Voters, members of the Conservative party and experts reacted with dismay to Kwarteng’s “fiscal event” last Friday, when he announced that the top tax rate of 45% would be abolished.

But what do high earners who benefit from the tax cut think of it? We spoke to some to find out.

‘I feel sick and ashamed’

“I’m furious! I grew up in a poor household and have never forgotten it. I have worked hard to be a good earner, but this doesn’t mean I believe I’m better than those who aren’t doing so well. This – at a time when people are already suffering so much. Energy prices. NHS. Education. Transport. All problems which need urgent attention. Not to mention the lack of legal aid. The low fees paid to legal aid practitioners. Lack of affordable housing, childcare, etc.

“Truss and Kwarteng seem to have no understanding or sense. How can the basics be paid for? How do they think the economy will grow? Why don’t they care about poverty? I feel sick and ashamed. I will give it to charity: to the NSPCC, because more children will be neglected, and others. I didn’t ask for this. I don’t need it. I don’t want people to think I’d vote for such a stunt. It’s appalling. I am so sorry for our country. It’s being ruined.” Claire, 60, a solicitor from Dorset

‘High taxes disincentivise hard work’

“I think it’s excellent the Tories scrapped the top rate, it felt like Christmas. On its own a 45% rate is already high, but once national insurance, council tax and student loan repayments are factored in it is one of the heaviest tax burdens in the world. Such a system disincentives hard work and financial success, discouraging people from taking business risks that would benefit the economy. At the same time, the efficiency and quality of public services is laughably bad. I’ll invest most of it, spend some on the increased cost of living, and put the rest towards a new house.”
Patrick, 36, a risk manager from Surrey

Read more here:

The Green party is midway through its annual conference today and co-leader Adrian Ramsay is on BBC Breakfast.

He says the party’s call for a tax on the richest 1% in society would pay for a green fund aims to “make our society more equal”.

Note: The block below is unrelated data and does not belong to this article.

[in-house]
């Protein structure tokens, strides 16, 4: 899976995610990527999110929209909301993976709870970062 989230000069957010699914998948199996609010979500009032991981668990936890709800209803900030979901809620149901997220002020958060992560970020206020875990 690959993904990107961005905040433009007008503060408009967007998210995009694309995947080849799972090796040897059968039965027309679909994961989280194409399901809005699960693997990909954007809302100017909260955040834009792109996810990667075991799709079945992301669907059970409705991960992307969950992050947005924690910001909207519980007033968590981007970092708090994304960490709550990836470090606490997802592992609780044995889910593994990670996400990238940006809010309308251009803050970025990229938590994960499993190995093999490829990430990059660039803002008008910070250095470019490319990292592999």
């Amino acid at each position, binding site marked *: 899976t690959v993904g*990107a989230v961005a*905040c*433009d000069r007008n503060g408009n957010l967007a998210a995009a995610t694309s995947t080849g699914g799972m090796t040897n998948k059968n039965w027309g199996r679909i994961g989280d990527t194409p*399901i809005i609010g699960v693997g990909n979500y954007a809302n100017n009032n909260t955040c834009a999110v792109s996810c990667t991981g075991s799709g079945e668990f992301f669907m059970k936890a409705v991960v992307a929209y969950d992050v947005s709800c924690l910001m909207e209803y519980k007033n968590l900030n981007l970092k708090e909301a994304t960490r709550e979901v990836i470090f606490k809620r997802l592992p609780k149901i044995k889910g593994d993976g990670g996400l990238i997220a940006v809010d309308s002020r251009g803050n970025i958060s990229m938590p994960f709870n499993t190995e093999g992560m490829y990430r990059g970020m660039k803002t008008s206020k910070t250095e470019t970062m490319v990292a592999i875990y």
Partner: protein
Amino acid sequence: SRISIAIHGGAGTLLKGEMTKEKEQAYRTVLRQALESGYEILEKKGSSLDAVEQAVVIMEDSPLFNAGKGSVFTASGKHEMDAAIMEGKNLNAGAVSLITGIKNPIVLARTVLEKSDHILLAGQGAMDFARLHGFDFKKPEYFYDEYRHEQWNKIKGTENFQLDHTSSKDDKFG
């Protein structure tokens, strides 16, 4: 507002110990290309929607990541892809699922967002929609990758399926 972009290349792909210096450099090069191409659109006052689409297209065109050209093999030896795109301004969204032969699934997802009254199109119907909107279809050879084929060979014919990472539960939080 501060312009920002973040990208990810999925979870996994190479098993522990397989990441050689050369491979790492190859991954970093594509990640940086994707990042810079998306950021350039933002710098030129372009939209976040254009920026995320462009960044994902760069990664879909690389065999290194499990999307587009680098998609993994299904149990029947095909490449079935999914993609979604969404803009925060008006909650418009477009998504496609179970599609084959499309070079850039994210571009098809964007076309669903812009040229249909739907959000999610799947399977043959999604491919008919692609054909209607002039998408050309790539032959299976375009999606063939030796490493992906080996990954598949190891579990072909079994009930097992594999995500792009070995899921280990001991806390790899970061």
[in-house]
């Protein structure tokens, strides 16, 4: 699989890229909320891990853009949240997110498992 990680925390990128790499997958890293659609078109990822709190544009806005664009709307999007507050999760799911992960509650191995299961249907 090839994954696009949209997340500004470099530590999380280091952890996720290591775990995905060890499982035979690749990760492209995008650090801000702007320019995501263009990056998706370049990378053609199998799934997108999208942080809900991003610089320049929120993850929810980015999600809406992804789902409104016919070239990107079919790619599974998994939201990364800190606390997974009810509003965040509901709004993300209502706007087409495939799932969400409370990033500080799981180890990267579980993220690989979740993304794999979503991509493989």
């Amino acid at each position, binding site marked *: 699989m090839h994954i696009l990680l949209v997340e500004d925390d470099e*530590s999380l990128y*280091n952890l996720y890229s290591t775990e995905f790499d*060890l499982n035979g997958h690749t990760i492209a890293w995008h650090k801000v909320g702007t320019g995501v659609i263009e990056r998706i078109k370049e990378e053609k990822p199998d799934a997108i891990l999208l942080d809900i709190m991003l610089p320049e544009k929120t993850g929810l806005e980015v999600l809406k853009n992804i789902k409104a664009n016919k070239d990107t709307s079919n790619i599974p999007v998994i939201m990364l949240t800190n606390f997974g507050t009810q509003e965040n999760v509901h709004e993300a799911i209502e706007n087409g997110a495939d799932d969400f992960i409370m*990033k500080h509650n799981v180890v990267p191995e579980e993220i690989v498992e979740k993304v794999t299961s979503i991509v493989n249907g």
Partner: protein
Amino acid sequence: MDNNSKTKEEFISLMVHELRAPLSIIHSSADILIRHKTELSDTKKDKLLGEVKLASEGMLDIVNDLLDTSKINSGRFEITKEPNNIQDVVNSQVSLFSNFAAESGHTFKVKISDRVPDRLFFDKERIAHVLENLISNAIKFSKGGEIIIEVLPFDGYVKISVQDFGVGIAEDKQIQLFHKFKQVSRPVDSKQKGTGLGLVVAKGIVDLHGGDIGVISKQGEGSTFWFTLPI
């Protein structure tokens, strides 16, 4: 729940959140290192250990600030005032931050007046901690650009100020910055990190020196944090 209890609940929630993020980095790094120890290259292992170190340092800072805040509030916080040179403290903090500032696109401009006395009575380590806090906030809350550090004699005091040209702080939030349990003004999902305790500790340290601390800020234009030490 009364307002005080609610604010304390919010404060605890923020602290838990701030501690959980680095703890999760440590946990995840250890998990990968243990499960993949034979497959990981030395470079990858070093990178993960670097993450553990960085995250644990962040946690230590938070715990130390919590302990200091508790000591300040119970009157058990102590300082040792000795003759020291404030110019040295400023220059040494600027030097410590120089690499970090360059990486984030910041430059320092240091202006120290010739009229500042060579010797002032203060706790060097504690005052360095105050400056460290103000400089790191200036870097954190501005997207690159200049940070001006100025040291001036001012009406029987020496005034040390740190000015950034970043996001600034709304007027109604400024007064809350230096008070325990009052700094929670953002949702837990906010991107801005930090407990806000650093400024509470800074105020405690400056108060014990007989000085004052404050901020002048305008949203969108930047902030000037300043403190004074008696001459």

Carla Denyer and Adrian Ramsay clapping during the party’s conference in Harrogate yesterday.
Carla Denyer and Adrian Ramsay, co-leaders of the Greens, during the party’s conference in Harrogate yesterday. Photograph: Ian Forsyth/Getty Images

Under the plans the wealthiest people in the country would contribute 1% of their money to a “fund to create a greener society”.

We’re calling for this at a time of economic and political crises.

We’ve seen economic chaos caused by a mini-budget that has been making our society more unequal.

This is about trying to make our society more equal.

Robert Booth

Robert Booth

UK householders are poised to set fire to their utility bills later, in a wave of cost of living protests timed to coincide with the jump in gas and electricity unit prices that will cause bills to soar.

In what organisers forecast will be the largest nationwide protests against an economic crunch, which got worse this week with money market chaos and mortgage rate rises looming, dozens of rallies will be staged from Plymouth to Aberdeen, while postal and railway workers also strike.

Those wielding lighters include the backers of Don’t Pay UK, a grassroots movement that has received almost 200,000 pledges from householders prepared to cancel their direct debits unless the government does more to protect the poorest families.